Keane, 43, denied the public order offence after cabbie Fateh Kerar, 44, had told him to “cheer up” and smile.
The Old Trafford legend gave evidence from the witness box himself and, after a half-day trial at Manchester Magistrates’ Court, he was cleared.
District Judge Duncan Birrell said there was something of the “thwarted fan” about Mr Kerar and Keane’s lawyer described the whole incident as a “storm in a teacup”.
Keane was cleared of causing harassment, alarm or distress to Mr Kerar. Dismissing the case against Keane, the judge told him: “I have listened with great care to the evidence in your case. The burden of proof is on the prosecution.
“It’s my view, taking as I have said a careful account of the evidence, that they have failed to discharge their burden; therefore I find you not guilty.”
He added that the evidence was “riddled with inconsistencies and improbabilities”.
He told Keane: “You probably will regret getting out of the car.”
The defendant gave no reaction as the verdict was given.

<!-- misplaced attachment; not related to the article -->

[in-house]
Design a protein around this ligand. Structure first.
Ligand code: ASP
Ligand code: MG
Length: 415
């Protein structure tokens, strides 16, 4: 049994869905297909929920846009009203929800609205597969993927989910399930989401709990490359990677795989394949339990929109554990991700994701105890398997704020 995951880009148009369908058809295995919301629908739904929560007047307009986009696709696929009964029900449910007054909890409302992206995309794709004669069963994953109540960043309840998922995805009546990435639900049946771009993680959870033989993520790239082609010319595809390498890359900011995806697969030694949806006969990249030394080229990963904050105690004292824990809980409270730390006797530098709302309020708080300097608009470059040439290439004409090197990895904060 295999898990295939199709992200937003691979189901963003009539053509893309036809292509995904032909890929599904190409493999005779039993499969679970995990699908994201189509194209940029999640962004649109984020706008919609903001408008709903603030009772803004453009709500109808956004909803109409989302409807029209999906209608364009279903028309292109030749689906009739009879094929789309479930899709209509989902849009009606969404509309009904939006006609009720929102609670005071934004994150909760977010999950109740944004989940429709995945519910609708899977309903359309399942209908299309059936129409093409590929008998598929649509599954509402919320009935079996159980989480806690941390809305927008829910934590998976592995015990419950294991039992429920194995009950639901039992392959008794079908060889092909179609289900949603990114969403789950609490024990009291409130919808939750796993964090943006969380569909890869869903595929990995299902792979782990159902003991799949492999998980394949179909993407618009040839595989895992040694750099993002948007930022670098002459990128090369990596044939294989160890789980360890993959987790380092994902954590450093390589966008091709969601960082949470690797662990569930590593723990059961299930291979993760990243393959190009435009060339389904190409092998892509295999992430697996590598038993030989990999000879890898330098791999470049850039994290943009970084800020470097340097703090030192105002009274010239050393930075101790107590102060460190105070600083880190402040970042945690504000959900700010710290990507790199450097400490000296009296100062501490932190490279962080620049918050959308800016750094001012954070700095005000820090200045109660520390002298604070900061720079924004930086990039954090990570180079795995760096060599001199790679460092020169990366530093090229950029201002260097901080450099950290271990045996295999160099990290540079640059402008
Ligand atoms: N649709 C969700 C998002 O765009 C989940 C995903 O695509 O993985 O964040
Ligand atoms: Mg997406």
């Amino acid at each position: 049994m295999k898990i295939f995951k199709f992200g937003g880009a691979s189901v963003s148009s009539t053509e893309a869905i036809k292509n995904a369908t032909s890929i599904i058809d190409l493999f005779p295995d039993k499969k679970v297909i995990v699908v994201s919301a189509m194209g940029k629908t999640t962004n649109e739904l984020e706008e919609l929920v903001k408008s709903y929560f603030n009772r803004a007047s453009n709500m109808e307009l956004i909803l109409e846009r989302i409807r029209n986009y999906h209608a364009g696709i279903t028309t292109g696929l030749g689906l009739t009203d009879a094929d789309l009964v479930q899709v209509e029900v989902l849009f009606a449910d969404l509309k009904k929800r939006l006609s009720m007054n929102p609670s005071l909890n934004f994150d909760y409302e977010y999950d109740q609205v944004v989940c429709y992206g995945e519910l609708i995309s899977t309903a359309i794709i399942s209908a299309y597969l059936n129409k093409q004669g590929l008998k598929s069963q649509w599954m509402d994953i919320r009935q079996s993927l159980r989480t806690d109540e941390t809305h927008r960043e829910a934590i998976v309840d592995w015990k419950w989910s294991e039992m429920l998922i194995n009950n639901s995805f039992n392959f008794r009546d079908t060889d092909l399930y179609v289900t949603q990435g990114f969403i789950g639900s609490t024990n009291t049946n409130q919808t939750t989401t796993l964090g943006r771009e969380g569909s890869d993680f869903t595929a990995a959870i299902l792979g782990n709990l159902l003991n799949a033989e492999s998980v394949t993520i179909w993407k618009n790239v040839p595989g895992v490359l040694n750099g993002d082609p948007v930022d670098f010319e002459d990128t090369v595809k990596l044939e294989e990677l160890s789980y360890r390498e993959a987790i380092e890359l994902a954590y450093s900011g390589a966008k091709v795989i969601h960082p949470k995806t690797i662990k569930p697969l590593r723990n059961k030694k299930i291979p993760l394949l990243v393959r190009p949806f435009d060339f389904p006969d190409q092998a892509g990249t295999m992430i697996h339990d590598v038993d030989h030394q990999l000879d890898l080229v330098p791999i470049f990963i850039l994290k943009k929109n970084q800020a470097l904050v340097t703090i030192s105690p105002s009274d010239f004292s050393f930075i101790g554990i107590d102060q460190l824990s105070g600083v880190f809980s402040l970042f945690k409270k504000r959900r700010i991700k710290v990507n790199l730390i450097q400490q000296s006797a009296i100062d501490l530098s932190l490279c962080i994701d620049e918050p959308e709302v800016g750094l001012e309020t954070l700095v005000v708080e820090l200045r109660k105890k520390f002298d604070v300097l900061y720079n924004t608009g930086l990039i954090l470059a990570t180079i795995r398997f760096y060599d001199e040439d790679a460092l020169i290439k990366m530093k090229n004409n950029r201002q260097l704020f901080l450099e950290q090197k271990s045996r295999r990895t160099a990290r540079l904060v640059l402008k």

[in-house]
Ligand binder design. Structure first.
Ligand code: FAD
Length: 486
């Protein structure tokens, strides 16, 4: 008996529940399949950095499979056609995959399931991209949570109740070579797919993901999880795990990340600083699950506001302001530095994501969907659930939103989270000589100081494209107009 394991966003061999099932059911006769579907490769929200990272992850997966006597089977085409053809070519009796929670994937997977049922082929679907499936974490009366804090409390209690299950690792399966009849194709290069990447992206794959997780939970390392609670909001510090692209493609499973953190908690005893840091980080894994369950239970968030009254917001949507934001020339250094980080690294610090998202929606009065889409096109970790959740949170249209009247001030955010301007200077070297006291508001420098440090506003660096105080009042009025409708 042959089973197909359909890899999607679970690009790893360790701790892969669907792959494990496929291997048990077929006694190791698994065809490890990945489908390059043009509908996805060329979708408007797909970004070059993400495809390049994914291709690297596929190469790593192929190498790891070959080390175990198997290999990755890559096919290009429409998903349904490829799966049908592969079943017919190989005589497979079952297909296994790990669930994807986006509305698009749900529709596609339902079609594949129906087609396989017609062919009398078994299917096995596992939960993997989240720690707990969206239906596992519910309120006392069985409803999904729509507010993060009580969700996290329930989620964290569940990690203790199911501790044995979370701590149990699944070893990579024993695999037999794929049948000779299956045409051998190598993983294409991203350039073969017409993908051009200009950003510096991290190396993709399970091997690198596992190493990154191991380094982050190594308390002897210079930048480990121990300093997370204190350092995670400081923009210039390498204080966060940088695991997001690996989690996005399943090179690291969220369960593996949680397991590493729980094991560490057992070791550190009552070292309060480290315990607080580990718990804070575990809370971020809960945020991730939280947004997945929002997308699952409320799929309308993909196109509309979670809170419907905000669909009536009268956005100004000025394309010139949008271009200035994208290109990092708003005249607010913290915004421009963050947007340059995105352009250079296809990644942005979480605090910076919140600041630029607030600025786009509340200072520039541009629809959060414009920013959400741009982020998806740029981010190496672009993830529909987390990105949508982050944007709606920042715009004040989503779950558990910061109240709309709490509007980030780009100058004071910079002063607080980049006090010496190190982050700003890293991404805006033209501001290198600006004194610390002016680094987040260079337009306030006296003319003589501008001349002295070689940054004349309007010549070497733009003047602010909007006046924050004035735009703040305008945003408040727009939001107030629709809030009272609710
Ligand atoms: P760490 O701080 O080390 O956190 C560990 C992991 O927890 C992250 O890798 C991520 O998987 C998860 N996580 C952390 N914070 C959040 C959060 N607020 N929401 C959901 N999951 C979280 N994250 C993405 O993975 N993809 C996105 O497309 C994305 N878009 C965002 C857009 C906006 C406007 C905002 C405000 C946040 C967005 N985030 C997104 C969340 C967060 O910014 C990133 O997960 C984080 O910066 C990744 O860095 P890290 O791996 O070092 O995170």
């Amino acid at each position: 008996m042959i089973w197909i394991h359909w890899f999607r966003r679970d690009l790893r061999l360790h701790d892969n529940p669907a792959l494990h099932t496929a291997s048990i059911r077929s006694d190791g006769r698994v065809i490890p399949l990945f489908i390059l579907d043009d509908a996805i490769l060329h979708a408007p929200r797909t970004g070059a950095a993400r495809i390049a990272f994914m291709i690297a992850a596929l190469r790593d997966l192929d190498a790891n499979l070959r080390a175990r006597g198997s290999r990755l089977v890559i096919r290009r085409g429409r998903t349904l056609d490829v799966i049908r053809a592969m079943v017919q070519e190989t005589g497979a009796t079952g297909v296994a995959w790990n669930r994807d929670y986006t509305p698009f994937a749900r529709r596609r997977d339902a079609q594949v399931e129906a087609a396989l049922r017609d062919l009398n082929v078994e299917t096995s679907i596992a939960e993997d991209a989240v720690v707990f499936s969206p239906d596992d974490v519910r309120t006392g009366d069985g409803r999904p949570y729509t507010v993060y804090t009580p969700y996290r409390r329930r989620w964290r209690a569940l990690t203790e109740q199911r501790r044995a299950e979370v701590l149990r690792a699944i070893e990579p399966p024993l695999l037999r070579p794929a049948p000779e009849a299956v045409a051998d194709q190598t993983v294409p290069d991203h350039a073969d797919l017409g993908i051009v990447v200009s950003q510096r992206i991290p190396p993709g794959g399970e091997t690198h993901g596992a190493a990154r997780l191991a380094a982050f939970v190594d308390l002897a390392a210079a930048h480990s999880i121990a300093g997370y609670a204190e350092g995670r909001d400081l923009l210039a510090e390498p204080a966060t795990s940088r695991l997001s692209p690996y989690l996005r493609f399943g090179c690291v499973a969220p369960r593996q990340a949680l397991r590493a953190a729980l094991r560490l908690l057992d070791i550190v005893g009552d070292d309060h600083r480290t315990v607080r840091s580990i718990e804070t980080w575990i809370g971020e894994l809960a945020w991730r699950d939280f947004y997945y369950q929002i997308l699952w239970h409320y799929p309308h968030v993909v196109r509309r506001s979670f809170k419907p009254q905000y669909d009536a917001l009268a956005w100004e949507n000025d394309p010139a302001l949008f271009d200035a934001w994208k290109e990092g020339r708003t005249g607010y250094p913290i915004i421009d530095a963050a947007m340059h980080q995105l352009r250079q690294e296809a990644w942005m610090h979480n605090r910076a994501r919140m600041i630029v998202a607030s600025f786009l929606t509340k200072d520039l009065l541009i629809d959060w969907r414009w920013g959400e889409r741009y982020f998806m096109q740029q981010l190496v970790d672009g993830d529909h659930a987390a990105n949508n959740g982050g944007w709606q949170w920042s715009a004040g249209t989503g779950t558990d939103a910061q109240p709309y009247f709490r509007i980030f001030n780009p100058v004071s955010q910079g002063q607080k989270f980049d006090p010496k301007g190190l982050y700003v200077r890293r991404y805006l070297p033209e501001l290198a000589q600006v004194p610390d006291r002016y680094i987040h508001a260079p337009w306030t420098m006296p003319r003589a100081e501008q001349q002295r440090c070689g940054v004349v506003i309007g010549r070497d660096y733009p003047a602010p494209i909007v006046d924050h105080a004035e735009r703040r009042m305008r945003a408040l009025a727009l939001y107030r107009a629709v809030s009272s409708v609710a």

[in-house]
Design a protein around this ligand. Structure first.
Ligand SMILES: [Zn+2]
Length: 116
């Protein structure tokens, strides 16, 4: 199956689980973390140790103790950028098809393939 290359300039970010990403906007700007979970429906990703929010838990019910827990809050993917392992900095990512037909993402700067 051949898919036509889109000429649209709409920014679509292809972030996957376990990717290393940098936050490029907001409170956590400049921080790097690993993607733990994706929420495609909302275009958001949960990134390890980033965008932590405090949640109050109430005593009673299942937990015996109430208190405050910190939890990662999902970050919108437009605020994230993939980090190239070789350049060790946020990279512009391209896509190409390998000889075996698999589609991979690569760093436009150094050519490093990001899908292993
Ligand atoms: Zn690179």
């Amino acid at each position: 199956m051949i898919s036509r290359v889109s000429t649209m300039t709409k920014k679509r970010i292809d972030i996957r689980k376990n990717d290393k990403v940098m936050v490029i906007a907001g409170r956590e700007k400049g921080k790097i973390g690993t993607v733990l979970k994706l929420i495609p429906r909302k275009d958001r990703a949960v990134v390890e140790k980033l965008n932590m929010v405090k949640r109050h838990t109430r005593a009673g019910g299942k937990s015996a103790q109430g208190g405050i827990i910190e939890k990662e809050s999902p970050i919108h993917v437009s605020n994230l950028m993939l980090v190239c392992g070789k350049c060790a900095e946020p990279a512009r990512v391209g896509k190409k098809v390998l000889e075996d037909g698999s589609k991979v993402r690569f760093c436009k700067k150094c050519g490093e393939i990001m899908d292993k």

Keane told the court he did not flick a “V” sign at Mr Kerar who had accused him of swearing and staring at him in Altrincham, Cheshire, on the morning of 30 January this year. Football fan Mr Kerar told the court “I love Roy Keane”, but claimed the Old Trafford legend, now the assistant manager of the Republic of Ireland, gave him “bad looks”.
Mr Kerar said Keane later followed him in his car before flicking the V sign then getting out of his black Land Rover and approaching the cab, swearing.
But the former Ipswich and Sunderland manager denied any wrongdoing.
Keane said he was “chilling out, relaxing” in his car waiting for his wife when he noticed Mr Kerar across the road in his taxi.
Keane said they nodded to acknowledge each other but as they both moved off in their cars, the cabbie made a gesture.
Keane, pushing the corners of his mouth up with his fingers, told the court: “He gave me a smirking gesture.” As Keane and his wife passed in his car, the witness said Mr Kerar gave him a “fake smirk” but he did not react.
He added: “I noticed in our mirror that the driver gave me two fingers.”
At a junction, Keane said he then got out of his car.
“I opened the door and literally asked him what’s his problem. I said it two or three times. He said something like, ‘You need to cheer up’, along them lines.
“I turned and got back in my car. With my back to him, I said, ‘Oh f*** off’.”
Stuart Denney QC, defending, asked the witness: “Anything to be aggressive with at the world that morning?” Keane, with a short laugh, replied: “No. Not that morning.”